Cornell Student Trustee Candidates Share Stances on Divestment, Greek Life

Student-Elected Trustee candidates participated in a debate Tuesday, discussing their vision of the duties of a student trustee and what their main priorities would be if elected...

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By Dara Levy via the Cornell Daily Sun, 4/17/13

Student-Elected Trustee candidates participated in a debate Tuesday, discussing their vision of the duties of a student trustee and what their main priorities would be if elected. Candidates touched upon a wide array of campus-relevant topics including Greek life, divestment and rising tuition.

Sponsored by The Cornell Daily Sun and moderated by Sun Editor-in-Chief Rebecca Harris ’14, the debate featured six of the seven registered candidates. Gregory Zalevsky ’15, one of the candidates, chose not to participate.

The candidates began the debate by each explaining the role of a trustee and what makes them most qualified. All candidates highlighted the need for a trustee to make changes for issues on campus by meeting with students.

Candidate Laci Taylor ’16 stressed the importance of being an “advocate for the student body.” She said she has gained experience advocating for students through working on the Student Advisory Council of the College of Agriculture and Life Sciences.

“I have very specific ways to facilitate issues that I want to advocate for,” she said.

Each candidate was also asked a specific question related to his or her platform.

Candidate Amy Frieder ’15, who has expressed her support for divestment in her platform, was asked how she would handle her views when they conflict with trustees’ opinions.

“I think we can come together and think of a way in which we can divest from fossil fuels without hurting the endowment financially,” Frieder said. “With enough collaboration and research, this can happen.”

Although she acknowledged that President David Skorton has said divestment is unlikely to happen, Frieder said advocating other initiatives could promote environmental consciousness at Cornell in other ways.

“Even though [divestment] may not be possible, reaching for [a] more sustainable goal will result in a more sustainable campus,” she added.

Garrison Lovely ’16 addressed his self-described “ambitious proposal” to change the Greek system.

“A lot of changes to Greek life have not been good for student safety or happiness,” he said.

In his platform, Lovely has proposed creating a “damp period,” or a new member period that is not entirely dry. He said restrictions on drinking at registered fraternity events “push dangerous activity underground or off campus where it can’t be regulated.”

Lovely said this issue relates back to the Board of Trustees because students in Greek life who “feel like the administration is out to get them will not feel keen to donate to the University.”

The Greek community became a larger topic of discussion later in the debate when candidate Ross Gitlin ’15 was asked about his history as the former president of the Tau Epsilon Phi fraternity, which lost University recognition in January following a hazing-related incident.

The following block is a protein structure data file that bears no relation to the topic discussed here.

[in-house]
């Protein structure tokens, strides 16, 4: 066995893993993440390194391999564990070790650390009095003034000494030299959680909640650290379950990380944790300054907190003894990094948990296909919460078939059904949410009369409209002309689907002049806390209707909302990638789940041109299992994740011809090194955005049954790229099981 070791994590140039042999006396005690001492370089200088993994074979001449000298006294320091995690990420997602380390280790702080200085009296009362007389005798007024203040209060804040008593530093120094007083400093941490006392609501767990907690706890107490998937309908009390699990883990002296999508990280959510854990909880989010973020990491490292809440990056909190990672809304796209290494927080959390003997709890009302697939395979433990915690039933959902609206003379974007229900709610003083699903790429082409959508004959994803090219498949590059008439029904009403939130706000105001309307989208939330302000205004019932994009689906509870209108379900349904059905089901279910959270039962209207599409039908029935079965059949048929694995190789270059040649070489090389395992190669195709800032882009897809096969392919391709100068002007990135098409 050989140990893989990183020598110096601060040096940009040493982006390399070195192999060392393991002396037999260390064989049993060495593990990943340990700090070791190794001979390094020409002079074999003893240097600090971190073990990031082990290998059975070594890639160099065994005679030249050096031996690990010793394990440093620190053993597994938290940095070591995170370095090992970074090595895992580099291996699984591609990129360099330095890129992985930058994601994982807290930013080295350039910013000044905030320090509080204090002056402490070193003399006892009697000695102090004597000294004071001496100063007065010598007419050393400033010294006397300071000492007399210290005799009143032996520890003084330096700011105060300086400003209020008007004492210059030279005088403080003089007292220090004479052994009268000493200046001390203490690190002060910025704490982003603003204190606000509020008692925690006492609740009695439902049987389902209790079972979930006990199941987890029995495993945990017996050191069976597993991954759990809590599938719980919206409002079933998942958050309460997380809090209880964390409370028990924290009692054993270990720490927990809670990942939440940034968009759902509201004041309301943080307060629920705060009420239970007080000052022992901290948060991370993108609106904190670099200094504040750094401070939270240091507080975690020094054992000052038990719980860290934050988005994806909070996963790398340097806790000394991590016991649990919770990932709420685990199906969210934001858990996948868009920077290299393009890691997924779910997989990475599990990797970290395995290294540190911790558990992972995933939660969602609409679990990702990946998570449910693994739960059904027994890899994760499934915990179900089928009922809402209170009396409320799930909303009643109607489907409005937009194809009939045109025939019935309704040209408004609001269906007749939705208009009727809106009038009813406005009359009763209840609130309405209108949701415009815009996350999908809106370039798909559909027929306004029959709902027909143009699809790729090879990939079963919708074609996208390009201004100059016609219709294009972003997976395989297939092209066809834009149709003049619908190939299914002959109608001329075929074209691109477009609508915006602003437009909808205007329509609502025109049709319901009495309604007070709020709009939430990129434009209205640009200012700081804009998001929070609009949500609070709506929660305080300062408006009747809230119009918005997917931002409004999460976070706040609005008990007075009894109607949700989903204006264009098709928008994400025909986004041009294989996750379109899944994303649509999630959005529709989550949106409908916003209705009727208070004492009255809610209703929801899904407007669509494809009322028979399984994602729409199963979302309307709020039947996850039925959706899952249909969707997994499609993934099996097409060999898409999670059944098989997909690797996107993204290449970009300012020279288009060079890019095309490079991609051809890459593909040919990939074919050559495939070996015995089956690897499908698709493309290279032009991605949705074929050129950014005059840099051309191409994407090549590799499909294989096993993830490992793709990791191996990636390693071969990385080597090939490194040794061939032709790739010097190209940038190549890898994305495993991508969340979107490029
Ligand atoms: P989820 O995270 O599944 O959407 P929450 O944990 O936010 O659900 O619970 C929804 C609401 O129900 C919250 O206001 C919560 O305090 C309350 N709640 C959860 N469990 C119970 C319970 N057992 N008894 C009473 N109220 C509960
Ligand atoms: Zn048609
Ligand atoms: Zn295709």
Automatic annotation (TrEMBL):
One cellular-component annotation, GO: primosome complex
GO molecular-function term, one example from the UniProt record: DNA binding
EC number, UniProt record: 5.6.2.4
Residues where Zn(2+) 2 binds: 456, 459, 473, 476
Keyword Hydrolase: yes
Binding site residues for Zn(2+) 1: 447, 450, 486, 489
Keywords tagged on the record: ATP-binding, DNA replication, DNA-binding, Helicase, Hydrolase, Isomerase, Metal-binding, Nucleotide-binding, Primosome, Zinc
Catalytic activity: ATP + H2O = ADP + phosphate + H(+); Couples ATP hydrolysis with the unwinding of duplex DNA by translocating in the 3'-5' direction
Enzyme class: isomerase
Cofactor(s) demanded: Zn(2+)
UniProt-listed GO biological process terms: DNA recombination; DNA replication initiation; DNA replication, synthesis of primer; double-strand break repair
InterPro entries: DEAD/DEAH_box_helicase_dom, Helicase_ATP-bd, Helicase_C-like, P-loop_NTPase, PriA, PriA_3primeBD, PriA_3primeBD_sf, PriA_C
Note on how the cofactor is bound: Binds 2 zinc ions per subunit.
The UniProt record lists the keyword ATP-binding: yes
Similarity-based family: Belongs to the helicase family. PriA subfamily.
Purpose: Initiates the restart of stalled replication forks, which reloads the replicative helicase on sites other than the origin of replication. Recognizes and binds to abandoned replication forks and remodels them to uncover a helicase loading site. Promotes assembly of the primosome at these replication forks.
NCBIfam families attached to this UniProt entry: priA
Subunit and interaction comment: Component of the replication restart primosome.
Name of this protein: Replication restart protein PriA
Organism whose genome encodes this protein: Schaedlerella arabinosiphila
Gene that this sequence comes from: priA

Saying he has never denied his affiliation with TEP, Gitlin said he has the most Greek life experience –– “both good and bad”–– compared to any of the other candidates.

“Once I joined the Greek system, I had brotherhood and camaraderie,” Gitlin said. “I sure as hell don’t want anyone else to experience what my fraternity experienced.”

Gitlin added that administrators have noted that he “acted responsibly and showed extremely strong leadership” throughout the investigation of TEP.

Like Gitlin, candidate Don Muir ’15 said one of his initiatives will be to “fight for the traditions of the Greek community.”

Muir said he hopes to communicate to the board that promoting safety within Greek life is integral to its preservation. Muir said his fraternity, Delta Chi, has many brothers who are trained emergency responders, and that as philanthropy chair and vice president of his fraternity, he has “saved lives.”

He said one of the reasons he joined his fraternity is because he thinks “it’s one of the most responsible chapters on campus.”

The candidates also discussed how they would respond to rising tuition rates.

Frieder said there is a need for more transparency between the University and students regarding annual tuition increases, adding that tuition should be guaranteed to be fixed for current students in order to better accommodate students and their families’ financial planning.

Candidate Veronica Dagostino ’15 suggested introducing a plan that would only allow tuition increases that equal the rate of inflation.

An audience member contributed to the discussion of Cornell’s costs by asking the candidates’ for their opinions on student health insurance, which she said has been rising at eight times the rate of inflation.

Gitlin, noting that student health care costs have risen 10 percent since 1998, said the Board of Trustees needs to create innovative solutions like hosting 5K runs during reunion weekends to directly benefit students who need copays.

Frieder added that she “would be an intermediary for people who want to advocate for an issue themselves and would want to make their voice heard.”

Online elections for the Student Elected Trustee begin on April 22 and end on April 24.

Views expressed in News posts may not be those of Cornell University. No endorsement is implied.

Views expressed in News posts may not be those of Cornell University. No endorsement is implied.